Beijing [China], November 17 (ANI): The appointment of Xi Jinping's for the third term as China's president indicates that Beijing's coercive policies in global politics would continue as such policies are at the core of Xi's global agenda, Geo Politica reported.
It can be determined from the fact that China continues to practice military and economic coercion even though COVID-19 disrupted conventional ways of politics and necessitated cooperation among nations.
As per the report, "Chinese coercion" has enhanced its intensity and reach. The report has called Taiwan and countries in the South China Sea and the East China Sea the "victims of China's egregious behaviour."
China's "coercive policies" have extended to Australia, Sri Lanka, some European nations, and Pakistan during Xi's tenure. Two years back, the bilateral ties between Australia and China was "robust" and Australia was being viewed as closer to China in comparison to the United States. However, Australia became biggest target of Chinese economic coercion for requesting an inquiry into the origin of COVID-19, as per the Geo Politica report.
Even though the bilateral ties between Australia and China have been restored, however, China has continued with its coercive policies. The International policy think tank Lowy Institute said that coercion will increase in the near future as "China's economy becomes less resource intensive." Calling it a "punitive action," the report said that China has imposed a ban on imports of Australian goods and is set to stop using iron ore by diversifying its supplies.
According to the Geo Politica report, China is making use of 'monopoly' in rare earth metals as a "weapon" against its rivals and an "instrument of domination." Beijing has stopped its supply to Japan and threatened to use similar measures with the US and Australia.
China holds 30 per cent of known reservoirs of rare critical earth metals and it is the largest supplier with a share of 70 to 88 per cent in global production. These rare metals are utilised in modern industry as they are important for various goals, including the production of iPhones, EV batteries, and COVID testing kits.
Emily de La Bruyere, a China expert with the think tank Foundation for Defense of Democracies, said that Beijing was using rare earth metals as a "strategic input in global power contests," as per the Geo Politica report. She noted that Chinese sources discuss taking advantage of rare earth dominance against the US for coercive ends. She added that China's restrictions with respect to supplies to China indicated Beijing's "predatory and non-market economic behaviour" as it intended to continue its dominance.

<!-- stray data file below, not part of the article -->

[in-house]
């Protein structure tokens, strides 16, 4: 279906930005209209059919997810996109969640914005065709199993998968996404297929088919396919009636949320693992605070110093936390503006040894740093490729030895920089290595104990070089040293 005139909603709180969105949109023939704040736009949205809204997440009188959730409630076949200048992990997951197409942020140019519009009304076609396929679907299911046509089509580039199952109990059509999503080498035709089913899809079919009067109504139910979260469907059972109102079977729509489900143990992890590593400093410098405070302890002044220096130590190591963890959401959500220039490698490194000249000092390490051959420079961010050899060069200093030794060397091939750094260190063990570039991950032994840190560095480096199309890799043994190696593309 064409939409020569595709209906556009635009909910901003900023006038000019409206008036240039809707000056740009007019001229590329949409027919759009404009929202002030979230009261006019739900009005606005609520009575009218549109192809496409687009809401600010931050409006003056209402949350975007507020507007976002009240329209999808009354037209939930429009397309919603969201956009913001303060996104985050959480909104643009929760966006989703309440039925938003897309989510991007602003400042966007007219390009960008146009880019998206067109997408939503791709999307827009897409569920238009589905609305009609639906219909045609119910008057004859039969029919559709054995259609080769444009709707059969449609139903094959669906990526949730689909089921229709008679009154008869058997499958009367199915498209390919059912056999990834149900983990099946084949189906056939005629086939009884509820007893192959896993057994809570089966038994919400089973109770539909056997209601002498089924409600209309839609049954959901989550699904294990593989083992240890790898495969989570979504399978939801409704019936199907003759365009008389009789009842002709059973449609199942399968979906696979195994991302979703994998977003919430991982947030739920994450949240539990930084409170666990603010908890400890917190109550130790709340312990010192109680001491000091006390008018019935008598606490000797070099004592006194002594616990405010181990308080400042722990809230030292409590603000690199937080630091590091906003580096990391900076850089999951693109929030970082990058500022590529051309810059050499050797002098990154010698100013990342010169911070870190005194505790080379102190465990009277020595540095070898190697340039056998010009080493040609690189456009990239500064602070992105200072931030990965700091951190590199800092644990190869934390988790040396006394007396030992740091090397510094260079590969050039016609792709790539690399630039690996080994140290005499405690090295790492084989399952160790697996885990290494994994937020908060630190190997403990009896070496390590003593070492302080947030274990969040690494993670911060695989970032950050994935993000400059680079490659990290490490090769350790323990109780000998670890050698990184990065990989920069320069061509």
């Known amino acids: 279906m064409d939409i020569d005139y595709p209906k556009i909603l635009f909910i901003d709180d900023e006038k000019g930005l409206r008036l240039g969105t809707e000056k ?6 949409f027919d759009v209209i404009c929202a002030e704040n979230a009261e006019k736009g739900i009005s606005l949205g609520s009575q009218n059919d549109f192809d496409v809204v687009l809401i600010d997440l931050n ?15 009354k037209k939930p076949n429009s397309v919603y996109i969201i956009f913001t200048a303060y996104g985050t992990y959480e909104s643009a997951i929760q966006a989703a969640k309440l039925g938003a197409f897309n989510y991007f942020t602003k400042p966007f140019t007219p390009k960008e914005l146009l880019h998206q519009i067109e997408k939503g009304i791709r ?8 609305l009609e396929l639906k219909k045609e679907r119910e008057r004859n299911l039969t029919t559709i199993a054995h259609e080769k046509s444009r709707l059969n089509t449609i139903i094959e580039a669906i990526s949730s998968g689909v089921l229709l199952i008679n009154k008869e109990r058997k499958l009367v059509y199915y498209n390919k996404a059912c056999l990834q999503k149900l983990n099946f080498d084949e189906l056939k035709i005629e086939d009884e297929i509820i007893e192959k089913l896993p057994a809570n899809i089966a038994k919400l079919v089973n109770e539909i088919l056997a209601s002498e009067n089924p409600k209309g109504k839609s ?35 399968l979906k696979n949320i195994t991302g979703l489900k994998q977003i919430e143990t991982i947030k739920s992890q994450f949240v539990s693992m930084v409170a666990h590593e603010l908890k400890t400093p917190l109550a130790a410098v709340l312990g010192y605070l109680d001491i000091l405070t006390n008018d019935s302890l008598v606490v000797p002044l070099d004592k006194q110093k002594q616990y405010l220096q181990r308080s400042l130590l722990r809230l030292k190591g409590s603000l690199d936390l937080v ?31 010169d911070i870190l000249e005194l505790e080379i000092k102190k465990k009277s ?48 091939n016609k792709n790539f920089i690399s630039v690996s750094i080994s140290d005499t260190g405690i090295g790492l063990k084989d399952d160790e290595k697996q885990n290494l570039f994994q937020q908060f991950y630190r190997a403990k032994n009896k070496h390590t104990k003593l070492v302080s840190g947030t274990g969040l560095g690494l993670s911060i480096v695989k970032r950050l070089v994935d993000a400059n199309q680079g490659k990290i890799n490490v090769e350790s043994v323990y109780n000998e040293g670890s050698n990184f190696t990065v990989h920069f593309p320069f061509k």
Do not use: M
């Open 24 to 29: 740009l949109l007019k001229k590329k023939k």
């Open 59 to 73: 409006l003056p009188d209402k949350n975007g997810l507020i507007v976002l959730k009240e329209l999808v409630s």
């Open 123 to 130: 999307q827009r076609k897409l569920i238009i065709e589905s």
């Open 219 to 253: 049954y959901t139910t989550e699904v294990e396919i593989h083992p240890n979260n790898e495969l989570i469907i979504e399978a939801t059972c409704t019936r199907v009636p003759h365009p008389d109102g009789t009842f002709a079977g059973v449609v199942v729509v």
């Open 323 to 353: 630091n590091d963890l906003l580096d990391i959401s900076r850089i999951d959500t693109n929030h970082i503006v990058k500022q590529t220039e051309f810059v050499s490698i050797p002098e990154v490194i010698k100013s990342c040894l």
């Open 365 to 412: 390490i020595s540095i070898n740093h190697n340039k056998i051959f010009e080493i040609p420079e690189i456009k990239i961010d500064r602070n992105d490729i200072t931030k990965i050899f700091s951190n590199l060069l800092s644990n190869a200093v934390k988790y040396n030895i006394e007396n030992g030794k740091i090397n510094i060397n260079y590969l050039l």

According to the Geo Politica report, US Ambassador to Japan, Rahm Emanuel said that the world realised how China made use of coercion for economic, military and political advantage. Japan and Australia have agreed to a security pact to resist China's "economic coercion and disinformation." China has even suspended group tours to South Korea.
The report said that China has tried to use coercion for any reason that fits as per its interests. Beijing imposed a ban on salmon fish from Norway after Chinese dissident Liu Xiaobo was awarded Nobel Peace Prize. China's "coercive politics" in the Indian Ocean region has "hurt the interest and sovereignty" of friendly nations like Sri Lanka, Myanmar, Bangladesh and Pakistan.
Many European nations became victims of China's "economic coercion" after they extended support to Taiwan's democracy and independence. China tried to restrict imports from these nations after they extended support to Taiwan. Experts have claimed that China could take "unconventional and unprecedented" measures as it continues to use "economic coercion" in the future. (ANI)